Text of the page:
This webinar forms part of the CRACK IT 10 year anniversary celebrations and will showcase a C. elegans platform to assess the developmental and reproductive toxicity (DART) potential of chemicals developed to address the 2012 PreDART CRACK IT Challenge.
The C. elegans model, when used in combination with a zebrafish embryo screen also developed during the Challenge, correctly identified 100% of well characterised DART chemicals provided by the Challenge Sponsors (Shell and Syngenta). Testing in these two model organisms is cheap and fast, taking one week to complete compared to mammalian studies conducted to comply with OECD test guidelines which can take up to 30 weeks and use large numbers of rodents and rabbits.
During the webinar you will hear from:
Dr Marjolein Wildwater, Founder and General Director of Vivaltes, the company spun out to commercialise the research developed during the PreDART Challenge. Marjolein will describe the technology development process and the role that CRACK IT played in supporting the creation of a commercial ready product.
Dr Martijn Rooseboom (Shell). Martijn was one of the original Sponsors who set and helped deliver the PreDART Challenge. During his presentation, Martijn will describe the reason for setting the Challenge, the role of the Sponsor and how Shell has continued to apply the C. elegans platform to support their product development. He will also describe the wider scientific and 3Rs impacts of this compared to traditional in vivo approaches.
There will be an opportunity to ask questions after the webinar presentation. The webinar is free to attend.
The PreDART CRACK IT Challenge, sponsored by Shell and Syngenta and launched in 2012, aimed to develop non-mammalian assays to provide an indication of developmental and reproductive toxicity potential to mammals, including man, in order to reduce and refine in vivo mammalian testing.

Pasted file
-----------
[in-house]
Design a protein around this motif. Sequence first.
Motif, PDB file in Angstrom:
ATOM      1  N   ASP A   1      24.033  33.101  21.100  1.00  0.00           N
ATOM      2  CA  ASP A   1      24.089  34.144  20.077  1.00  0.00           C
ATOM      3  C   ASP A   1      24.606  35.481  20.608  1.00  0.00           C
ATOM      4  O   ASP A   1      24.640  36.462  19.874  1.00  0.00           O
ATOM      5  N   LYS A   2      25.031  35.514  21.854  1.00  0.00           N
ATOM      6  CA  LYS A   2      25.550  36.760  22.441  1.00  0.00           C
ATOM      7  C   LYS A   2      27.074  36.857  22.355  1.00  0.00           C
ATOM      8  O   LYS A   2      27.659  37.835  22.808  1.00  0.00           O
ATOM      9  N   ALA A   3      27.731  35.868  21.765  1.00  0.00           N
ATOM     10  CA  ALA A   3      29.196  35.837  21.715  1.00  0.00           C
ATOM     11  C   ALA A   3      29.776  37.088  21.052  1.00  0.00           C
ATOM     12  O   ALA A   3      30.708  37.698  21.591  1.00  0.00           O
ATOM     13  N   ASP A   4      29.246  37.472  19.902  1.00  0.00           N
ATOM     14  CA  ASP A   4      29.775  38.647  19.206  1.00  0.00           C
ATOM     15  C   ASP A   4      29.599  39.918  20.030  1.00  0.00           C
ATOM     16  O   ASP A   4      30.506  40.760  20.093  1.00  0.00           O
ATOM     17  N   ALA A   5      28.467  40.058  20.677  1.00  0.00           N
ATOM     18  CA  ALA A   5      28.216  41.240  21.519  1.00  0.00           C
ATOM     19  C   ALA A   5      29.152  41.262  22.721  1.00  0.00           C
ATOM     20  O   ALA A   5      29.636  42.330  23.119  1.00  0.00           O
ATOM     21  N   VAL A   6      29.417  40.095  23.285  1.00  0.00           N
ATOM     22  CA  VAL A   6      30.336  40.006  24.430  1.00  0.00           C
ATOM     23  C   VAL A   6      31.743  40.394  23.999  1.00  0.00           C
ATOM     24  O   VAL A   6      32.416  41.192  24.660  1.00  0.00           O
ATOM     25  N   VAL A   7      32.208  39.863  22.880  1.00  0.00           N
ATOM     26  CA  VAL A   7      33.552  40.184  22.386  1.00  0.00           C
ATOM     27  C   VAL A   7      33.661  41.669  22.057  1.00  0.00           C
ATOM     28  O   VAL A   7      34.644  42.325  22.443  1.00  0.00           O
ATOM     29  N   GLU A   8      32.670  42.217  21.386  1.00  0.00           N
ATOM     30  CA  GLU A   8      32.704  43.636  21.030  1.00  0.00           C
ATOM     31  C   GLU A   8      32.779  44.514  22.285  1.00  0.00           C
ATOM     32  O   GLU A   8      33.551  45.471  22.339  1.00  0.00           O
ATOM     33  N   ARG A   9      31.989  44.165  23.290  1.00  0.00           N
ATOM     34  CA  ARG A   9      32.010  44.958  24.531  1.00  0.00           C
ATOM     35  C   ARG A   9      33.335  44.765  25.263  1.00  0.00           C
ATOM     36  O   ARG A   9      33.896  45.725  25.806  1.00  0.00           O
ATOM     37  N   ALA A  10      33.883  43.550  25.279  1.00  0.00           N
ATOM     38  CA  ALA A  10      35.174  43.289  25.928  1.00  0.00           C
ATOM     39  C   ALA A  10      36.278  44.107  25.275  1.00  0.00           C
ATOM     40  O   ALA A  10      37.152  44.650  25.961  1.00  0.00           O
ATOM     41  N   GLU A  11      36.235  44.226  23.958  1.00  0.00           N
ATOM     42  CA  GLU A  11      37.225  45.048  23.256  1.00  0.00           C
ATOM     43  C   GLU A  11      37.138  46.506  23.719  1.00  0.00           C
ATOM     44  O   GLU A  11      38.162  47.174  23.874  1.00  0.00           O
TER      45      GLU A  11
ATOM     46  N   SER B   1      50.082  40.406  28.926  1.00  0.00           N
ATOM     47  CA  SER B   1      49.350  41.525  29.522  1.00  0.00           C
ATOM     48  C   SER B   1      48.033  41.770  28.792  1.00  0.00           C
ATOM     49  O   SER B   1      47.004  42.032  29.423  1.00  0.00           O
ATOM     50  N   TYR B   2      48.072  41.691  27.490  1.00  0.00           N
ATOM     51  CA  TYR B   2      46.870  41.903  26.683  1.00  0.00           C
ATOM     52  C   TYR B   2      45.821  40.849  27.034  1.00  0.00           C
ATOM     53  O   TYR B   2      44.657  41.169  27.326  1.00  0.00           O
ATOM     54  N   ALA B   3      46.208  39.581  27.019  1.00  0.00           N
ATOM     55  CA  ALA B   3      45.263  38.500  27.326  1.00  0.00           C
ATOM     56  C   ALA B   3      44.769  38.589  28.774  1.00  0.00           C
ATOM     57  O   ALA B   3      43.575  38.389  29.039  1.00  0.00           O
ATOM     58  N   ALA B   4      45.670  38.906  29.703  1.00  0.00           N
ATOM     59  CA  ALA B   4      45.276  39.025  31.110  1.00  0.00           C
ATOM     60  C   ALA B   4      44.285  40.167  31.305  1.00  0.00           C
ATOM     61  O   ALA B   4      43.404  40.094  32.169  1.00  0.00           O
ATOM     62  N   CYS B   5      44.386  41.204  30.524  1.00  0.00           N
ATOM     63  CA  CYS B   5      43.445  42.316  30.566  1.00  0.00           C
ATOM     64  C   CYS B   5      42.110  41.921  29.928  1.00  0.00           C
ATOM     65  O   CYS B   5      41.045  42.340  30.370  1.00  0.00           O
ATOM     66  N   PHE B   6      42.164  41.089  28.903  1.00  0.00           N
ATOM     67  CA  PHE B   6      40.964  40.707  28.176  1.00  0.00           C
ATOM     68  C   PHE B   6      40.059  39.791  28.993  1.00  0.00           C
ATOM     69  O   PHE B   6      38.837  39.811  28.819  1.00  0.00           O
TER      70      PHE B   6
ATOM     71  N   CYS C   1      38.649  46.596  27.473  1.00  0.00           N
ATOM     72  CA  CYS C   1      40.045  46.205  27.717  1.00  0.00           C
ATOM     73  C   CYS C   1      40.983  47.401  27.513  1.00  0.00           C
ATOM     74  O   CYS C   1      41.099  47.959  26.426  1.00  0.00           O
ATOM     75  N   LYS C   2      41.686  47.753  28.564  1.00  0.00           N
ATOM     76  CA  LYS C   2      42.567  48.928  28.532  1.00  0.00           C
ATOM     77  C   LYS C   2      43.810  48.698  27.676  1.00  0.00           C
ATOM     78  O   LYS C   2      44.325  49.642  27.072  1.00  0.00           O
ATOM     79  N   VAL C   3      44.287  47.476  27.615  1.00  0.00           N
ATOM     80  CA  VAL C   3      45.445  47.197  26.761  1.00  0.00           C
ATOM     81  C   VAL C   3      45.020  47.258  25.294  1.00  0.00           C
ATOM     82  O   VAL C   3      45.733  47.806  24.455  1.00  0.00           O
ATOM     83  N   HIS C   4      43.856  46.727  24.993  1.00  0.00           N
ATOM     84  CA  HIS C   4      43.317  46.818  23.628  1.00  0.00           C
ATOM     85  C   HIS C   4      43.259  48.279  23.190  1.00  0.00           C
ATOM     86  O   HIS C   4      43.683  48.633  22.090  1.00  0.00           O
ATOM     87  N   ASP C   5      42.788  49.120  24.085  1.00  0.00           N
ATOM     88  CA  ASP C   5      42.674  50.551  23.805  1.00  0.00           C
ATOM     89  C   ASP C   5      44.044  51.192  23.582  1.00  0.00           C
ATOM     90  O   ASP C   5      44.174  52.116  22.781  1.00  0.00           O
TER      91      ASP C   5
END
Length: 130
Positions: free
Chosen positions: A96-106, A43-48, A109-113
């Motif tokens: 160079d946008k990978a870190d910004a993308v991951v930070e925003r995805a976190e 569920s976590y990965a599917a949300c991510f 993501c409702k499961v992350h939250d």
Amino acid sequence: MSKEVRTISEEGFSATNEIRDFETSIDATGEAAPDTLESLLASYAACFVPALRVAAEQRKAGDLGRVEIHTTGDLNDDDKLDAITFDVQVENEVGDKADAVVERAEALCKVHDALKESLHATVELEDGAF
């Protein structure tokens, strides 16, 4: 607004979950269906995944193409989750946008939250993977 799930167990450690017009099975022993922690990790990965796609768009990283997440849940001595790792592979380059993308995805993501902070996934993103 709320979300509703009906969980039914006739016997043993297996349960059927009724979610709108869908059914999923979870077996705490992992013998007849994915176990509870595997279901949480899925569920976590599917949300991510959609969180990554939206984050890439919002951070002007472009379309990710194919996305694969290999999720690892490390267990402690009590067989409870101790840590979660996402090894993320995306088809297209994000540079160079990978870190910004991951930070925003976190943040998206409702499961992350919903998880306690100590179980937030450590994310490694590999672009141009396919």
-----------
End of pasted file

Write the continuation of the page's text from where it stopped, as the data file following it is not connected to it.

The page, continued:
Studies to determine the DART potential of chemicals and pharmaceuticals use large numbers of rats and rabbits with the standard multi-generation reproductive and developmental toxicity study involving around 2,500 animals per substance. Non-mammalian model systems are used widely in academia to study the biological phenomena associated with development and reproduction but have not been exploited by industry. Shell and Syngenta posed the PREDART Challenge to develop the use of these model organisms for the early and rapid prediction of DART.
Marjolein and colleagues from the University of Utrecht and University of Oxford developed a phenotypic screen for DART hazard assessment using C. elegans and zebrafish embryos (up to five days post-fertilisation). Marjolein has since spun out Vivaltes to provide DART screening using C. elegans (with the sub-contracting of testing in zebrafish embryos). It has conducted assignments from Shell including testing water samples, expanding the application of the screen to ecotoxicology as well as human health.
Further information about the Vivaltes platform and PreDART Challenge can be found on the NC3Rs Innovation Platform.